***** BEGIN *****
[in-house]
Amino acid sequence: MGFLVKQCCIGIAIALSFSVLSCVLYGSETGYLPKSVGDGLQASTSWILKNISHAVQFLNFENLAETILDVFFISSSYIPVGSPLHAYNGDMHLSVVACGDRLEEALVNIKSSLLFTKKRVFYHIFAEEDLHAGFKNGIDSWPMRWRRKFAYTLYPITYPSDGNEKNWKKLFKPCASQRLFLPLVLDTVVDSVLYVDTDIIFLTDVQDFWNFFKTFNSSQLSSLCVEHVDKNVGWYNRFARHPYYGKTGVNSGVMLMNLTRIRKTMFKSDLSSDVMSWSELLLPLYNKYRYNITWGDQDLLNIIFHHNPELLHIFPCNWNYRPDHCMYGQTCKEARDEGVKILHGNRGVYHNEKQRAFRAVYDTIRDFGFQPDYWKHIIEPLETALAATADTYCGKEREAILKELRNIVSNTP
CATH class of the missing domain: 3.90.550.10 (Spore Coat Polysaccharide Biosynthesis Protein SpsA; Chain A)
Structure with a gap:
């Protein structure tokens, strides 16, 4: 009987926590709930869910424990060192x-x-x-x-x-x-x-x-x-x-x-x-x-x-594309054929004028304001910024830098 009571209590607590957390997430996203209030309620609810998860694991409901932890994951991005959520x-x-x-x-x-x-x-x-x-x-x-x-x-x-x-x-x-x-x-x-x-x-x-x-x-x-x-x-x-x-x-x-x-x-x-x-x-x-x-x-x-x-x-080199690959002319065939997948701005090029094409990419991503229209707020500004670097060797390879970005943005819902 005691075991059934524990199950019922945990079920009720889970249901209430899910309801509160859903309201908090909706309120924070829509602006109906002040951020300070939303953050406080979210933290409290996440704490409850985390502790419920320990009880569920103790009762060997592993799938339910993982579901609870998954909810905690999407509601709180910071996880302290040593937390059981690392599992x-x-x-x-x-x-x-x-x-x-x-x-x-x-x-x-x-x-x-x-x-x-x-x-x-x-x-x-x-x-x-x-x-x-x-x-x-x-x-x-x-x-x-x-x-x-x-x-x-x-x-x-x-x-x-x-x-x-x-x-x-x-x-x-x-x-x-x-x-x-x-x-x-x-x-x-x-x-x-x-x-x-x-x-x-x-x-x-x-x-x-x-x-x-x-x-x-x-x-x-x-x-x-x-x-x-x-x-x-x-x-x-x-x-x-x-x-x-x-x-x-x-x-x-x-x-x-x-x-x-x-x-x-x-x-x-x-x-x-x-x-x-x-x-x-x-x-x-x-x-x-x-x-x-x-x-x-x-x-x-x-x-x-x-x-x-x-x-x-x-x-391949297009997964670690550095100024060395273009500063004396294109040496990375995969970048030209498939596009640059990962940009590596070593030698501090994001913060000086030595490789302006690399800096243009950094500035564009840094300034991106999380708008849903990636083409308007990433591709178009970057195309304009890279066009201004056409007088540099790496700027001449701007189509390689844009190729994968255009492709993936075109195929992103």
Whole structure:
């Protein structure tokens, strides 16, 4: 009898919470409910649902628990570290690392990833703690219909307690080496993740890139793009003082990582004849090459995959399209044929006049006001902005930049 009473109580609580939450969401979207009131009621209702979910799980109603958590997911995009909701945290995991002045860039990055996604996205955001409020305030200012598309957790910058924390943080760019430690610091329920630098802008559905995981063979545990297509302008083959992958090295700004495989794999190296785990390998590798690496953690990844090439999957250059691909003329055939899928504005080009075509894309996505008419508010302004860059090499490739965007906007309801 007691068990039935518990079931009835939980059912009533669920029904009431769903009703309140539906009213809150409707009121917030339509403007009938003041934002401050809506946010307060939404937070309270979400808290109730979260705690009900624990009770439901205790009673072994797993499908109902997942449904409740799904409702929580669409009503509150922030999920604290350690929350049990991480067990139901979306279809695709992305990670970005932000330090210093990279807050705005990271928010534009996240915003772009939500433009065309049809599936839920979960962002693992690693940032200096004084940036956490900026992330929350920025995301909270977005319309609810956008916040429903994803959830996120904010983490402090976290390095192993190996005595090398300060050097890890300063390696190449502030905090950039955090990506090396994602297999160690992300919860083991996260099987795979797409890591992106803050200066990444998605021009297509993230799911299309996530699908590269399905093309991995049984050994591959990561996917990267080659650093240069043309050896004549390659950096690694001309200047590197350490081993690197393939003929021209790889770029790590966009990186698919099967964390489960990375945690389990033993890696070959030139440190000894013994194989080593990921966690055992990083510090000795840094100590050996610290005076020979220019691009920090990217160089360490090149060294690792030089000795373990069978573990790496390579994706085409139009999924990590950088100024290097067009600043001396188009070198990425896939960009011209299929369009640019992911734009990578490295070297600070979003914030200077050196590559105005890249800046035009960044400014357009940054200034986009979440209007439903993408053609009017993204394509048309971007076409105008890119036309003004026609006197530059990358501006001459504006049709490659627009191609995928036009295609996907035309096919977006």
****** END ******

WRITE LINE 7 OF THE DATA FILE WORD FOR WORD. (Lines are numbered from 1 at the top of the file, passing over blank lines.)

């Protein structure tokens, strides 16, 4: 009898919470409910649902628990570290690392990833703690219909307690080496993740890139793009003082990582004849090459995959399209044929006049006001902005930049 009473109580609580939450969401979207009131009621209702979910799980109603958590997911995009909701945290995991002045860039990055996604996205955001409020305030200012598309957790910058924390943080760019430690610091329920630098802008559905995981063979545990297509302008083959992958090295700004495989794999190296785990390998590798690496953690990844090439999957250059691909003329055939899928504005080009075509894309996505008419508010302004860059090499490739965007906007309801 007691068990039935518990079931009835939980059912009533669920029904009431769903009703309140539906009213809150409707009121917030339509403007009938003041934002401050809506946010307060939404937070309270979400808290109730979260705690009900624990009770439901205790009673072994797993499908109902997942449904409740799904409702929580669409009503509150922030999920604290350690929350049990991480067990139901979306279809695709992305990670970005932000330090210093990279807050705005990271928010534009996240915003772009939500433009065309049809599936839920979960962002693992690693940032200096004084940036956490900026992330929350920025995301909270977005319309609810956008916040429903994803959830996120904010983490402090976290390095192993190996005595090398300060050097890890300063390696190449502030905090950039955090990506090396994602297999160690992300919860083991996260099987795979797409890591992106803050200066990444998605021009297509993230799911299309996530699908590269399905093309991995049984050994591959990561996917990267080659650093240069043309050896004549390659950096690694001309200047590197350490081993690197393939003929021209790889770029790590966009990186698919099967964390489960990375945690389990033993890696070959030139440190000894013994194989080593990921966690055992990083510090000795840094100590050996610290005076020979220019691009920090990217160089360490090149060294690792030089000795373990069978573990790496390579994706085409139009999924990590950088100024290097067009600043001396188009070198990425896939960009011209299929369009640019992911734009990578490295070297600070979003914030200077050196590559105005890249800046035009960044400014357009940054200034986009979440209007439903993408053609009017993204394509048309971007076409105008890119036309003004026609006197530059990358501006001459504006049709490659627009191609995928036009295609996907035309096919977006």